Her rationale for such a relationship? That the support of 71 Communists in the 545 Lok Sabha, India's Lower House of parliament, is integral to the survival of her coalition.
Mrs. Gandhi openly humiliated Prime Minister Singh while he was in Washington not long ago at the invitation of President Bush. Mr. Bush formally signaled America's acceptance of India as a nuclear power and pledged to assist in its ambition to become an economic dynamo - notwithstanding the possibility that India could one day challenge American supremacy in the global bazaar.
Meanwhile, Mrs. Gandhi - who's a member of parliament but not a Cabinet minister - vetoed a Singh Cabinet decision to partially privatize a state-run heavy-electrical manufacturing company. The left argued that privatization would invite unemployment, and Mrs. Gandhi concurred. Earlier, they had argued opening up airport construction to foreign investment would be deleterious to the economy - and Mrs. Gandhi concurred. The Communists had also argued that India antediluvian labor laws must be left intact, and Mrs. Gandhi concurred.
Her actions - and those of her leftist comrades - raise three troubling questions.
One, can Prime Minister Singh effectively govern when it is his party chief who's calling the shots? Cabinet ministers these days make a beeline for Mrs. Gandhi's home before drafting proposals for their portfolios. Mr. Singh's role seems to be relegated to that of an ambassador hopping from one capital to another for photo-ops.
Two, what does the uncertain federal governance suggest to foreign investors whose support India badly needs and who are already confused by the mixed signals they've been receiving? While India's growing middle class of 450 million - out of a population of 1.2 billion - constitutes an attractive market, leftist ideology seems to trump practicality and consistency. India's equities markets get an annual inflow of $9 billion, most from America, but foreign direct investment - a more accurate measure of investor confidence in the economy- has long been stuck at $4 billion a year. In contrast, China gets $54 billion in FDI.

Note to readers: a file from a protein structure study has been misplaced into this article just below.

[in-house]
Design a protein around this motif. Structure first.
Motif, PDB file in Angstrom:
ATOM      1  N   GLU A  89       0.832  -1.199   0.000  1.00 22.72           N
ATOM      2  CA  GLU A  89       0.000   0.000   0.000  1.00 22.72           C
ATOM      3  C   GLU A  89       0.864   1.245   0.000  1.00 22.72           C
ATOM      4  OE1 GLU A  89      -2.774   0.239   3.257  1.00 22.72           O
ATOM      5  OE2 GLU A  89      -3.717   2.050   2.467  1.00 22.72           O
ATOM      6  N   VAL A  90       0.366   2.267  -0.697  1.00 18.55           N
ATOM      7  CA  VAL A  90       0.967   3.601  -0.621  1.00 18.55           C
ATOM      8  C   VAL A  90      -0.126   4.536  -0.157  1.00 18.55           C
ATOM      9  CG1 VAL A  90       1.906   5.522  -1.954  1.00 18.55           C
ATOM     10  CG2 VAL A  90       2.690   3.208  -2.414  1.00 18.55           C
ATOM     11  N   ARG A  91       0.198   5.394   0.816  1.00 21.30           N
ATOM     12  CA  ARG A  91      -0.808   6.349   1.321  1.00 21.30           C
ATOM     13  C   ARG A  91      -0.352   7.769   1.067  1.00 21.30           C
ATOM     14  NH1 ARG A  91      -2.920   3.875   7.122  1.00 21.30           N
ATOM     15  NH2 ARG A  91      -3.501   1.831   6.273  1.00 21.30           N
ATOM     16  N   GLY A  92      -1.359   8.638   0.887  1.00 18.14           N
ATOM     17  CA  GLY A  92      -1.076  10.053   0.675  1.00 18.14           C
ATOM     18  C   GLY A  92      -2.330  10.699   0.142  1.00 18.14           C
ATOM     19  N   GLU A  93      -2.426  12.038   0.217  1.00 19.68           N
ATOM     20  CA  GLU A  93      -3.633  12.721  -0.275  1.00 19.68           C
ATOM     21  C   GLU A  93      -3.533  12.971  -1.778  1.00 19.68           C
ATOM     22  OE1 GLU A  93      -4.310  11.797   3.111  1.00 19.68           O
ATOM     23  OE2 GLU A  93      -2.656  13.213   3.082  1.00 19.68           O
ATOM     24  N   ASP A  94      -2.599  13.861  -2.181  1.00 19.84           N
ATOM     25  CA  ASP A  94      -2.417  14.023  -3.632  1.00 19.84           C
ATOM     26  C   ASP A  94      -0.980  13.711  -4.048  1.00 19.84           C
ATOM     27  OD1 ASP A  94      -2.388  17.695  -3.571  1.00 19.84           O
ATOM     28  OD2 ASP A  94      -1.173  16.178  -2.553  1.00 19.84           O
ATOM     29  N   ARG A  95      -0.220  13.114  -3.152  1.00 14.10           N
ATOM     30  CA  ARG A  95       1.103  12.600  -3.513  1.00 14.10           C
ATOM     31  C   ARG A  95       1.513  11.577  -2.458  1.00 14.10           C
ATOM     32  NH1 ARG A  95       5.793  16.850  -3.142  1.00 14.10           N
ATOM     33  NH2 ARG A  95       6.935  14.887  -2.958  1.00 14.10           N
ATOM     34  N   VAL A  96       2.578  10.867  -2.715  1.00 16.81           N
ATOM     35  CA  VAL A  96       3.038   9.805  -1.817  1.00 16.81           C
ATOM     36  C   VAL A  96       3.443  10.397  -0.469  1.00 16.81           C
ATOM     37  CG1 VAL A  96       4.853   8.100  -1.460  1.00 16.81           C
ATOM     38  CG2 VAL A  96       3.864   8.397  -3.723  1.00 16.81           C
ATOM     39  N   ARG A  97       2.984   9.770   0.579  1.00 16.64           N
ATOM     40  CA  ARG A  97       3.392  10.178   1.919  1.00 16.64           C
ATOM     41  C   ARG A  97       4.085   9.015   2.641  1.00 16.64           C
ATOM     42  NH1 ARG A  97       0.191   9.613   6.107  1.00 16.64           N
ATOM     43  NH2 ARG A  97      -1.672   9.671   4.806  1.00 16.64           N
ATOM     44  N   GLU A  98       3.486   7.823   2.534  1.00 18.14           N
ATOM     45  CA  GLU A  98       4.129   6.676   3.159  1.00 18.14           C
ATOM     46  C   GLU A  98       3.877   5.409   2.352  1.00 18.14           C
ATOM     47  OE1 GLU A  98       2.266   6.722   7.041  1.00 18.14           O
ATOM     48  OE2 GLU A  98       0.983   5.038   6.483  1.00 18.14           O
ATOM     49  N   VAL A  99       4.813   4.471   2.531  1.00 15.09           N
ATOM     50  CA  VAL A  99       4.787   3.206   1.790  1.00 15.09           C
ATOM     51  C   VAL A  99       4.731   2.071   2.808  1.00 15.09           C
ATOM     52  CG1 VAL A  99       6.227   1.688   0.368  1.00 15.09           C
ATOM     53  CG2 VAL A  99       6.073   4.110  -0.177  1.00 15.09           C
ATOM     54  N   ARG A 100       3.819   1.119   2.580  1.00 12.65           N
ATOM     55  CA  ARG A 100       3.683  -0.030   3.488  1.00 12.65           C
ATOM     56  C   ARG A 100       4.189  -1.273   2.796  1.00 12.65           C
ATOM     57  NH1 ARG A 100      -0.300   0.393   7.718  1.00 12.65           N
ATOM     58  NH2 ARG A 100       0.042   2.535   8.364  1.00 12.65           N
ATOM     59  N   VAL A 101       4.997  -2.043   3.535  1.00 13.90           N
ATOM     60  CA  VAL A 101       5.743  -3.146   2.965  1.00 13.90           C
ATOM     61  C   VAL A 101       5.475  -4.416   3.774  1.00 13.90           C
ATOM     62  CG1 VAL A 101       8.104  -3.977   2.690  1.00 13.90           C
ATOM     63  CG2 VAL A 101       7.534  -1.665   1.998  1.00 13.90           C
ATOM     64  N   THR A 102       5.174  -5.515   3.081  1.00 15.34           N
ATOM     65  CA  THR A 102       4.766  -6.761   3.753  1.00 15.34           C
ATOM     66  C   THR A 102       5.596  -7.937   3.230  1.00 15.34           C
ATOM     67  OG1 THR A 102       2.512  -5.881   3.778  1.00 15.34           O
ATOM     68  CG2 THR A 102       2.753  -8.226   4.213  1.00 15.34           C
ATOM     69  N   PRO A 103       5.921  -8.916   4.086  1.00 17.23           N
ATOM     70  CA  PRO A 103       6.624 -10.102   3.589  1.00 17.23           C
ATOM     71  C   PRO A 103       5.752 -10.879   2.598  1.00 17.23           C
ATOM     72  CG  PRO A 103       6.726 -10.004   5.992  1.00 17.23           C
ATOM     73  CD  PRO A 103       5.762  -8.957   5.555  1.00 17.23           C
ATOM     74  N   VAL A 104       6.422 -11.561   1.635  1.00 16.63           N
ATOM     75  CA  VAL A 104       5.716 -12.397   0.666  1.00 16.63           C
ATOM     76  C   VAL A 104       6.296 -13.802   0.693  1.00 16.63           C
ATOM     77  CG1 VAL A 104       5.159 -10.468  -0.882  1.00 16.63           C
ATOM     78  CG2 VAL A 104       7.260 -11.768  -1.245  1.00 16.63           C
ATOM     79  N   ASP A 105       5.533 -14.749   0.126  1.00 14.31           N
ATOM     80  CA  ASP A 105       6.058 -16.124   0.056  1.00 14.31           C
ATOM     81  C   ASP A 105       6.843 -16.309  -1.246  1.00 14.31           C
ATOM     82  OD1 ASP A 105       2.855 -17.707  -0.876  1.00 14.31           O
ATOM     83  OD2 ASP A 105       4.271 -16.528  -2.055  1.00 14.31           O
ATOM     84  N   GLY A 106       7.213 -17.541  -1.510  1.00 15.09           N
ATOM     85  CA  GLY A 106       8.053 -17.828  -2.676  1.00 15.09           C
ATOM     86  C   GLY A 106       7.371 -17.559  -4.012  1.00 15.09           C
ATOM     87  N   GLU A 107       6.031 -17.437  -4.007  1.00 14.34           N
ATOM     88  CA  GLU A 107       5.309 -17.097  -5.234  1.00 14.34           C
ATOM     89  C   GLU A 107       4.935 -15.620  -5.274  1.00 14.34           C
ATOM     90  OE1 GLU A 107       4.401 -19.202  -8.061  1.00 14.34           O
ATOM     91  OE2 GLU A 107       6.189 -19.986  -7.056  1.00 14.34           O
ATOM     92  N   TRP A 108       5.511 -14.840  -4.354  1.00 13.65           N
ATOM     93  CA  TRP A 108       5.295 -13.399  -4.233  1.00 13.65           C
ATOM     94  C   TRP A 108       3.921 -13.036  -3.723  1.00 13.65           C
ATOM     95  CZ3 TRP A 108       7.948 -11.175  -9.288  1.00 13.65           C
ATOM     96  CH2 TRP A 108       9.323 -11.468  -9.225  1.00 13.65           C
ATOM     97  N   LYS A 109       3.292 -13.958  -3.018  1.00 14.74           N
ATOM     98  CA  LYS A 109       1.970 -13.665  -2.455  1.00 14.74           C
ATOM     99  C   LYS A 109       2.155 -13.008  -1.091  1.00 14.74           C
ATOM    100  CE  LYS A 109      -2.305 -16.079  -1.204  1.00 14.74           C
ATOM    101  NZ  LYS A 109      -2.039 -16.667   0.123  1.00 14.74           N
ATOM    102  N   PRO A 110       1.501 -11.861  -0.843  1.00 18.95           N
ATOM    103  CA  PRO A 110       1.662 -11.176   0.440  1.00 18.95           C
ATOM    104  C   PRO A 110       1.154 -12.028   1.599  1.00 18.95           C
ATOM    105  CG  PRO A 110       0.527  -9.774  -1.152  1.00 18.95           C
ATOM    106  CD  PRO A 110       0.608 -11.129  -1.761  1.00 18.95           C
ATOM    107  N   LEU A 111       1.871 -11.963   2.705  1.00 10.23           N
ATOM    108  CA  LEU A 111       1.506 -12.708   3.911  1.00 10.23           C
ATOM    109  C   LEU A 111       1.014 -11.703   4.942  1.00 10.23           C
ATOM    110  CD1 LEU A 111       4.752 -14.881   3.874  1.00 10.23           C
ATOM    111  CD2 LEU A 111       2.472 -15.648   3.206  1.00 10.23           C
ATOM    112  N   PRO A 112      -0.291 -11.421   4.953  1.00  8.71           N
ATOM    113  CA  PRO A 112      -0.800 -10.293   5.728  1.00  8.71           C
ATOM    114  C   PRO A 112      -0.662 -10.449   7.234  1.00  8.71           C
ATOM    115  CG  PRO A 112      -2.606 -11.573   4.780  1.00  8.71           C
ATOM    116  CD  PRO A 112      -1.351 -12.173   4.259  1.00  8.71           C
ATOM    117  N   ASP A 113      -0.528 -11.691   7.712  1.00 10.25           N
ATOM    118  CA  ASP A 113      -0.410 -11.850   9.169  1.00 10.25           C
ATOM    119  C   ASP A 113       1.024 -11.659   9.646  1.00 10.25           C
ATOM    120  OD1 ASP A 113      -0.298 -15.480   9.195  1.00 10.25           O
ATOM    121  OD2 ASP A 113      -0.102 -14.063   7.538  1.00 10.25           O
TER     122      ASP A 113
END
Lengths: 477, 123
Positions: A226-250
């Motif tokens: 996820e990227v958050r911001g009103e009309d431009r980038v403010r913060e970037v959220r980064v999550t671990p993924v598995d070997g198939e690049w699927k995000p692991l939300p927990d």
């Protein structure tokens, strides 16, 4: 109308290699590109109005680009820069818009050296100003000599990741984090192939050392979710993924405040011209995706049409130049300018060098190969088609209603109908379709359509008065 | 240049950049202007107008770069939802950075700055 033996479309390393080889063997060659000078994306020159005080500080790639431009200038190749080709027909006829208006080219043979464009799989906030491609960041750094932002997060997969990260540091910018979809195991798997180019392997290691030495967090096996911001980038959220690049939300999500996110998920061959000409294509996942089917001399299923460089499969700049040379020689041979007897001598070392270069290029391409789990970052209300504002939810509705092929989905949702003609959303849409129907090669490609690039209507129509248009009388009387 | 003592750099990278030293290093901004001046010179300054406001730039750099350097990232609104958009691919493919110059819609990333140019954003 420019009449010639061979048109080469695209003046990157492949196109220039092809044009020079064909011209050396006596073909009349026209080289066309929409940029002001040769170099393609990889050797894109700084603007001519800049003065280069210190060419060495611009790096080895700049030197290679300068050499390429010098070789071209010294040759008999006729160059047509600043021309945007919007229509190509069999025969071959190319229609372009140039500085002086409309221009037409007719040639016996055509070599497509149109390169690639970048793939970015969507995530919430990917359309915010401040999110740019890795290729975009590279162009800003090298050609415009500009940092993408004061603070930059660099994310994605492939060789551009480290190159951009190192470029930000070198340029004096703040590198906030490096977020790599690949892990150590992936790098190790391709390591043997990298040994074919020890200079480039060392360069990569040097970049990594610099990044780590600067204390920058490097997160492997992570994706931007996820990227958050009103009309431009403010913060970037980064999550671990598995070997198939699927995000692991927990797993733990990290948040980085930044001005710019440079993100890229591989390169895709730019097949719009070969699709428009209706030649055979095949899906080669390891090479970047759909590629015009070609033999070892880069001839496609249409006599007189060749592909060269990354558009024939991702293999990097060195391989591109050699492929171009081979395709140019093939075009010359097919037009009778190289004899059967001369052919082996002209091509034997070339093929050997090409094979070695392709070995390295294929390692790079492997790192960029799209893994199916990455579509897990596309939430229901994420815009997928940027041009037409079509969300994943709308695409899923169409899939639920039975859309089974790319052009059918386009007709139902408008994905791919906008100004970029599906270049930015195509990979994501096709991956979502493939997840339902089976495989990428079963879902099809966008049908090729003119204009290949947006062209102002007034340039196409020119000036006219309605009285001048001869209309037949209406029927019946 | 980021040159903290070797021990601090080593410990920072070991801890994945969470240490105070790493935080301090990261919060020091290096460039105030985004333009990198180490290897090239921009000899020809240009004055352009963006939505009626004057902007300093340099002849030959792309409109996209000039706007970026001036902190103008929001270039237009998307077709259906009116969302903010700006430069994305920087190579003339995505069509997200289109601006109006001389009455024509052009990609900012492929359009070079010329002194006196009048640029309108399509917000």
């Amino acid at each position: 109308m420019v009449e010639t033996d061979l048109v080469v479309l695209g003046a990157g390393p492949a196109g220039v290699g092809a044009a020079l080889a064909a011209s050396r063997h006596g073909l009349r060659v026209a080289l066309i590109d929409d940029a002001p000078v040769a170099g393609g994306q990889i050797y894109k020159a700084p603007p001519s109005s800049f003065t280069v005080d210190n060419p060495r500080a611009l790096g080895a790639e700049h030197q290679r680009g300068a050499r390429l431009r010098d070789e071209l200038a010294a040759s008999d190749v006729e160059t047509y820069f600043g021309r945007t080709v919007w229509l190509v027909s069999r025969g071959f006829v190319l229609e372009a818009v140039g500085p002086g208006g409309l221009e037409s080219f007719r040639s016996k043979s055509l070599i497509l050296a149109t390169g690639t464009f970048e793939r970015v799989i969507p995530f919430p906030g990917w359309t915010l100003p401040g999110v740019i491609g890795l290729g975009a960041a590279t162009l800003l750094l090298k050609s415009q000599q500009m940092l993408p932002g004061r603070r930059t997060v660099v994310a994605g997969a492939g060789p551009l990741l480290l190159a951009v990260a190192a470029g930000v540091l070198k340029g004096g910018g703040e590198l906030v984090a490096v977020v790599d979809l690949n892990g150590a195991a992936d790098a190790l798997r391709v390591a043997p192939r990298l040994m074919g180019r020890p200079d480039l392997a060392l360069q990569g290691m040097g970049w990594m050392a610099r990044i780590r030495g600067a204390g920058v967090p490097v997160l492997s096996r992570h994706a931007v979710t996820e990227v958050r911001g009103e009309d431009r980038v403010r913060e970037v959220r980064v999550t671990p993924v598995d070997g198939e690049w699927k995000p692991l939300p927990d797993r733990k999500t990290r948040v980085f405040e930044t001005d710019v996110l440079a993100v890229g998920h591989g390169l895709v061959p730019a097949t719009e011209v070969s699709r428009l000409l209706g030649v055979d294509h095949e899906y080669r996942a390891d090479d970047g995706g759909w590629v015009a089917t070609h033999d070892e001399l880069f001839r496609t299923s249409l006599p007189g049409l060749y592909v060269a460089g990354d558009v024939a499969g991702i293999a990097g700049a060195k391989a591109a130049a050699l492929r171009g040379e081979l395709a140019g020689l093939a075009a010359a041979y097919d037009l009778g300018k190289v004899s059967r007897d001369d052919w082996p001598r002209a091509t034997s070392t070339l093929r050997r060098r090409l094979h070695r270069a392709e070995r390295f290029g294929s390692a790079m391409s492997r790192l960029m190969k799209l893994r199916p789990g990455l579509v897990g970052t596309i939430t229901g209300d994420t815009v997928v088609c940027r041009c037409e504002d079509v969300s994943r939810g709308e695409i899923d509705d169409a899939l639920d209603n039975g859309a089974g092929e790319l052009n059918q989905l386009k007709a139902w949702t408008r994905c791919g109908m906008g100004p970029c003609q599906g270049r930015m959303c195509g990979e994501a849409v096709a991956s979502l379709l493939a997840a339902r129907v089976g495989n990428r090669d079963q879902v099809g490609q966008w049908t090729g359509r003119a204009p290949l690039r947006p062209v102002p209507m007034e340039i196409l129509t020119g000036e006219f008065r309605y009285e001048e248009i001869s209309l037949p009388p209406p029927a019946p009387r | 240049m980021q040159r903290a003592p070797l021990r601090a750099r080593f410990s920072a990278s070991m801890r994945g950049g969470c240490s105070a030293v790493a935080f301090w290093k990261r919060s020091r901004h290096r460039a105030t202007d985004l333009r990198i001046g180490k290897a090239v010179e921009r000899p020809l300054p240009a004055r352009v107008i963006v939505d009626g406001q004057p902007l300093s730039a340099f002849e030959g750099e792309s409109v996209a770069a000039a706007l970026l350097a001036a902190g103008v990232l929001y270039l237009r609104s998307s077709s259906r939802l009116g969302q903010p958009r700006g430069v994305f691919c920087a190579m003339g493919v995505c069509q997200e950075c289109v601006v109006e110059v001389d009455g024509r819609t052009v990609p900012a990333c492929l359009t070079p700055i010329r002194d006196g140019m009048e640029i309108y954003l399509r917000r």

And third, if the private sector is discouraged from accelerating involvement in strengthening India's infrastructure, can India's economic trajectory toward superpowerdom be anything other than fitful? To be considered a genuine economic superpower, India would need to raise its gross domestic product from the current $675 billion to at least $4 trillion. (America's GDP is $12 trillion; China's is around $3 trillion.)
However much goodwill America and other developed countries demonstrate toward India's ambitions, the sad reality is that the country's entrenched left shows little receptivity to such support or to free-market ideas that can drive the economy faster. Equally sad is the fact that India's leaders - and Sonia Gandhi in particular - may be privately persuaded about the efficiency of markets but that publicly they must continually pay obeisance to the exigencies of leftist politics.
The devastation of the monsoon is bad enough, but a longer-term problem is the Indian left's recidivism.
Senior Writer and Global-Affairs Columnist